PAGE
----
It’s funny where inspiration comes from. My mother shared a video of someone braiding bread in several different ways. It was interesting, who knew that you could braid bread into 10 different patterns? I didn’t. The video was in a different language and the subject of the video was obviously a professional bread maker because her ninja-like moves made it pretty tough to follow along with as I was trying my hand at braiding bread. The video was clearly a demo and not meant to be a howto. I found some of those after I had finished baking these loaves off. That was much easier to follow and things made much more sense. I will be sure to revisit those when I try this again.
I started with my usual Italian bread dough recipe and measured out several dough balls to do about 20 strands of braid. The majority of my loaves used four to five strands, but a couple used either one or two. My results were clearly not perfect, but I am pleased with the results. I blame myself because for about half of the time I was standing there with a strand of dough in each hand saying “How the hell did she just do that?”. After enough trial and error I ended up with some great tasting bread that won’t be winning any bread braiding contests anytime soon. The good news is that I was able to do it well enough to want to do it again. Now armed with some formal Youtube training, maybe I will be in contention for that bread braiding award. If if one doesn’t exist, I will create one and award it to myself. Now I just need to figure out what is in the cheesy garlic braided bread that I used to buy at the farmers market.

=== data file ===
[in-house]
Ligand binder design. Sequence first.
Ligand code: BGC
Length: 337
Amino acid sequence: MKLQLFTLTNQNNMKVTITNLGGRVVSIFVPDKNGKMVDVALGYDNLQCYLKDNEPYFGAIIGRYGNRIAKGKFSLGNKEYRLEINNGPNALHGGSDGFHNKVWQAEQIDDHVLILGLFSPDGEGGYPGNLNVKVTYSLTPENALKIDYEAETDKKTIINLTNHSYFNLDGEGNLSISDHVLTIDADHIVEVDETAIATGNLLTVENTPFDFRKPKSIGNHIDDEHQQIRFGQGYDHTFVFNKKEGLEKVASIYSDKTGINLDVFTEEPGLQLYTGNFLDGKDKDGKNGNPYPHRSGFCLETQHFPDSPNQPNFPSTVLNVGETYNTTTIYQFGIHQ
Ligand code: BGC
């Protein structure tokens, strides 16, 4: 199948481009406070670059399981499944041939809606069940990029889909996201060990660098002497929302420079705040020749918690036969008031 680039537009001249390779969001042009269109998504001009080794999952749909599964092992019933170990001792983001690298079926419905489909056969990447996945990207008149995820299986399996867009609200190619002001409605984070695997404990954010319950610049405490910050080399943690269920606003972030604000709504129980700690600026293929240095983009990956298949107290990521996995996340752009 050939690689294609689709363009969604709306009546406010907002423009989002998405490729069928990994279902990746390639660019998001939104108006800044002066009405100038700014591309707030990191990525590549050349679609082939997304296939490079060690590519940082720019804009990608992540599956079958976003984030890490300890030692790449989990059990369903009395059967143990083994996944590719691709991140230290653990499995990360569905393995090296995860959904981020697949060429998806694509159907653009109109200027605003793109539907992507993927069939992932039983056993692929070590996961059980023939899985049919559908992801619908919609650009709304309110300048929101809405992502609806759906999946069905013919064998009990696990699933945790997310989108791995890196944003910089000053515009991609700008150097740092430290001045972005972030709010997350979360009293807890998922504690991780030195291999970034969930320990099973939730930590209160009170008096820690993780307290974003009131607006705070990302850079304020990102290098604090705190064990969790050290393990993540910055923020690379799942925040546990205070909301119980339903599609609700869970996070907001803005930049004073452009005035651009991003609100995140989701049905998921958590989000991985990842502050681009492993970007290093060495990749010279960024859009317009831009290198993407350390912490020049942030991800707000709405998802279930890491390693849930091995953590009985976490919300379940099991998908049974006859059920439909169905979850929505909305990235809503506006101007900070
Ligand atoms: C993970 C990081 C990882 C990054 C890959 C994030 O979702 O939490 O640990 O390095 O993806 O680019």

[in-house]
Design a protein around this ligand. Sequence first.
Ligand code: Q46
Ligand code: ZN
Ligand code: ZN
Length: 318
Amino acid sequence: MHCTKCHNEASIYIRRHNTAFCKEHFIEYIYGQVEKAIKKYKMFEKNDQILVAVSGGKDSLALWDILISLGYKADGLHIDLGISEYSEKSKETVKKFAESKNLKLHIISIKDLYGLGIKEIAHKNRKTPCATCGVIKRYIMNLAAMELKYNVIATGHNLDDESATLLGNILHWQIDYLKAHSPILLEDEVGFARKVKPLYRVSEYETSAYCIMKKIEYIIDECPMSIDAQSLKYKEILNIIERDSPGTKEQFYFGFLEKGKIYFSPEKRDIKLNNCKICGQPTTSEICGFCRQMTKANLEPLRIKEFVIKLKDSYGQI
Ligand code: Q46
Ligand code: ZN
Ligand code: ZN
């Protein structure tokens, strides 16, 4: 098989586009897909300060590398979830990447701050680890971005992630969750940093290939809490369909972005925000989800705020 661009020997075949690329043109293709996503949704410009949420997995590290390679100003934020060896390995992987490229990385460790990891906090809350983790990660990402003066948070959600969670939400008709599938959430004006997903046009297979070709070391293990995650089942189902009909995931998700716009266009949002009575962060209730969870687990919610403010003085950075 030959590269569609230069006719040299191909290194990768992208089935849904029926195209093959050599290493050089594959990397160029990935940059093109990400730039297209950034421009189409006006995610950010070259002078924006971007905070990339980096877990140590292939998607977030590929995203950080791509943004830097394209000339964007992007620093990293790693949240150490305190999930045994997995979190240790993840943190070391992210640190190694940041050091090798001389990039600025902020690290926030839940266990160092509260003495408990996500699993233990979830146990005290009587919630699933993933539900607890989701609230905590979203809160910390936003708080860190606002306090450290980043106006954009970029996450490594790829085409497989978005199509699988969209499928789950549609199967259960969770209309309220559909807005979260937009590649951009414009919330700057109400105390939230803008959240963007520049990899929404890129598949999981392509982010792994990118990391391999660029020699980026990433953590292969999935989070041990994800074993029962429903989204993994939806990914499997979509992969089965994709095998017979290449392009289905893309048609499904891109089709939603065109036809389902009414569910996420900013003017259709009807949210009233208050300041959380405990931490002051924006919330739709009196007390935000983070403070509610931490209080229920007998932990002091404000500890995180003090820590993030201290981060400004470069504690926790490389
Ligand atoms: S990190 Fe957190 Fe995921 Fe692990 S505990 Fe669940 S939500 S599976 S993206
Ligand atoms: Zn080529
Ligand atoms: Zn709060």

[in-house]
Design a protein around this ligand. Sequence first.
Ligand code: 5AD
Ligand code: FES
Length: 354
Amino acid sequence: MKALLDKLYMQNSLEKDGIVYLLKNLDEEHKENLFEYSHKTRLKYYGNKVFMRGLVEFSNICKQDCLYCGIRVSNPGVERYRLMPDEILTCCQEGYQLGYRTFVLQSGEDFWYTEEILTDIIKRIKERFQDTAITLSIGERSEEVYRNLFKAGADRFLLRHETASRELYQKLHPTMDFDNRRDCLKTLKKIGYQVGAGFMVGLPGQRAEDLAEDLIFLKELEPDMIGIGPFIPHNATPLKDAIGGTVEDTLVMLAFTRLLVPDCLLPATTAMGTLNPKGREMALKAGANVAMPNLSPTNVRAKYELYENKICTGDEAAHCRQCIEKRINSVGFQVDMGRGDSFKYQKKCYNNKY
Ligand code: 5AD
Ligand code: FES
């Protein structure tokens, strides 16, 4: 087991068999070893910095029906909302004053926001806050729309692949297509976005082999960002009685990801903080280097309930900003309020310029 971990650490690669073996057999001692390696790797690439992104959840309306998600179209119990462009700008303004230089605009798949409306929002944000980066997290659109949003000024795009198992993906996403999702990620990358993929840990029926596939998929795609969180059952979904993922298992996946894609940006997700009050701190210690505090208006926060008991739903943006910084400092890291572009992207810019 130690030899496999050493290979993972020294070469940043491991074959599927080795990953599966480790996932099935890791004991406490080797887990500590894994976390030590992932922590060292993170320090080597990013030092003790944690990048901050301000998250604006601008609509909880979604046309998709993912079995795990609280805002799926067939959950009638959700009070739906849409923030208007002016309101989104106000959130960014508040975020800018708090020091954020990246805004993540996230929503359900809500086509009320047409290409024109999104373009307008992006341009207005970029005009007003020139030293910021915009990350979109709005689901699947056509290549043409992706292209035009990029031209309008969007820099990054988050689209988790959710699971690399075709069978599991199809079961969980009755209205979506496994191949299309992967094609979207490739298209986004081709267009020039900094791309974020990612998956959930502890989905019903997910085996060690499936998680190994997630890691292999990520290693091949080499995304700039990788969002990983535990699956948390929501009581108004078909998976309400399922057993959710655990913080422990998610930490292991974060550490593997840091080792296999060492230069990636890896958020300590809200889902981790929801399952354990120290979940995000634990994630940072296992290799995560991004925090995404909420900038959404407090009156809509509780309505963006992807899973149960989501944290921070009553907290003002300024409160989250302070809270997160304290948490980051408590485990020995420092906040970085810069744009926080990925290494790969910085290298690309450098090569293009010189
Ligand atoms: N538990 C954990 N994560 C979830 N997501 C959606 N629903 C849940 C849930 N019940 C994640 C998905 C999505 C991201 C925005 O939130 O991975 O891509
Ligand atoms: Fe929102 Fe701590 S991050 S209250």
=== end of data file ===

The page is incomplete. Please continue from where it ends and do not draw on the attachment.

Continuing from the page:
If you have ever braided hair, you can braid bread. You don’t need to braid 9 strands to make something look good. Starting with a three strand braid and moving into a give strand braid may be a good way to start. The process is to pinch the ends of three strands of dough together on one end and then begin the braid. Start with either the left or the right strand of dough and place it between the center strand and the opposite strand. Then take the opposite strand and place it between the center and the other strand. Just repeat that process until you reach the end of your strands. When you reach the ends, pinch them all together and make it look neat.
Moving on to a five strand braid is pretty similar to the three strand, start with three strands on one side and two on the other. Start the side with three strands the same as if you were using three. When you complete one cycle, move on to the side with two strands and use the inside strand from the first three as the third strand for the side with two. Keep repeating this back and forth until you reach the end. Pinch the ends together to make them look neat and then allow to rise for a half hour or so and then bake for 20-25 minutes.